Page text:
Nats4 Member Logging
-- This article is written for NATS4 and NATS4.1.
-- If you are using NATS4.1, you can also check out our Affiliate Login History wiki article for information on the Login History affiliate page.
Member logging is a feature in NATS4 that allows you to direct NATS to keep a record of all member logins. To use this feature, send a HTTP GET request from your server to the PHP script: member_loginlog.php with your selected site's ID number and the member's username. NATS will add a log entry in that particular member's login history.
For example, you can add the following code to a PHP script and then run it:
These logs are a secure feature in NATS. As a result, the IP address of the server that is requesting information must be in the NATS configuration file (located in your <nats_directory>/includes/config.php) $config['SECURE_IPS'] setting.
$config['SECURE_IPS'] = Array('126.96.36.199', '188.8.131.52');
Simply replace "184.108.40.206" in the above example code with your server's IP address.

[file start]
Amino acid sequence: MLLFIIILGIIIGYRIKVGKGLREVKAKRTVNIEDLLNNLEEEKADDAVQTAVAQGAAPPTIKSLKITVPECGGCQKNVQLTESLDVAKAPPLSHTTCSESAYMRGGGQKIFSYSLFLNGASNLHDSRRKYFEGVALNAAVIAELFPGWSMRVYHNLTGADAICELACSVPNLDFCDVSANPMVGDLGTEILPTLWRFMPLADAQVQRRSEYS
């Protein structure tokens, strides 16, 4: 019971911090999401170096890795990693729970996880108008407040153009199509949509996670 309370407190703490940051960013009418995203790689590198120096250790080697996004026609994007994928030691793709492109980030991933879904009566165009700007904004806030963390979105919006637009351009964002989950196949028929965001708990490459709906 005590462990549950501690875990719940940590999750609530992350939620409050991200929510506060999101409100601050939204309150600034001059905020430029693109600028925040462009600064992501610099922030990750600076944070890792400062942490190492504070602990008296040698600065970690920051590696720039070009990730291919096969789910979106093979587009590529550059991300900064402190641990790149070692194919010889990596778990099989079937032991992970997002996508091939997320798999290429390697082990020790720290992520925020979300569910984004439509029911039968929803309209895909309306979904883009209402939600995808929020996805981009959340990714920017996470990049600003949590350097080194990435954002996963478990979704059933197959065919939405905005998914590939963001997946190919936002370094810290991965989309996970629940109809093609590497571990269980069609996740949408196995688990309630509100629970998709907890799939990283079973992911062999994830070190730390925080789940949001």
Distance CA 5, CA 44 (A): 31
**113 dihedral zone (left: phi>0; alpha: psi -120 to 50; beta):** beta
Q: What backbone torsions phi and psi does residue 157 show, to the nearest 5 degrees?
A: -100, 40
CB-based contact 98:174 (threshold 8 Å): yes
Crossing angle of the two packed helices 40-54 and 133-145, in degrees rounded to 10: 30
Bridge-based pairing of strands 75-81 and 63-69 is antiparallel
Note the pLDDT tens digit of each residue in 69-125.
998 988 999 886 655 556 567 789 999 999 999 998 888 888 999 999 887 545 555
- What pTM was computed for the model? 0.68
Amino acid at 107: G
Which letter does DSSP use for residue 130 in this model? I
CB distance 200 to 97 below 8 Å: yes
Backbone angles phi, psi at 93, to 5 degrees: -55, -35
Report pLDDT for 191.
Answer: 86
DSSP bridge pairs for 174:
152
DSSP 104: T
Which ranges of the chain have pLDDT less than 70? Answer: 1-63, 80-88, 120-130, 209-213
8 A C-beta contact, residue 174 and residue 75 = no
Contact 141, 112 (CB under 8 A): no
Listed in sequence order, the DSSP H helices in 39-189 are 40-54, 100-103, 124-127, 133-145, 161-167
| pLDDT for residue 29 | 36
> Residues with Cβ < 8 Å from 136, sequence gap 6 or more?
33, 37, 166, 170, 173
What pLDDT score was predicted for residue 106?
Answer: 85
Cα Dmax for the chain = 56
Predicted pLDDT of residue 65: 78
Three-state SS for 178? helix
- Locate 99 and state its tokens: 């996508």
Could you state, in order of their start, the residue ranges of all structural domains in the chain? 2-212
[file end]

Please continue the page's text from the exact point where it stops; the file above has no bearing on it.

After this feature is activated, the specified member's login history will show up in the Members Admin's members details.
To find the member's login log, go to the Members Admin, find the member you are tracking, and click the "View Member Details" icon. Scroll down to the bottom of the Member Details page to find the Login Log for your specified member.
If you are allowing members of one (1) site access to other NATS sites, you can specify multiple sites in the siteid parameter. If there are multiple siteids specified, NATS will use those siteids to find a member record match. NATS will record the login to only one (1) Member record. Consider the following:
1) Member A has a membership to site 5. You grant all members of site 5, 64, and 2 access to each other. With the following URL, NATS will locate Member A and record the login.
2) Member A has a membership to sites 5 and 64, as Member B. You grant all members of site 5, 64, and 2 access to each other. With the following URL, NATS will locate either Member A or Member B and record only one (1) login, depending on the first record returned from the database. So, it could be recorded on Member A or Member B, but not both.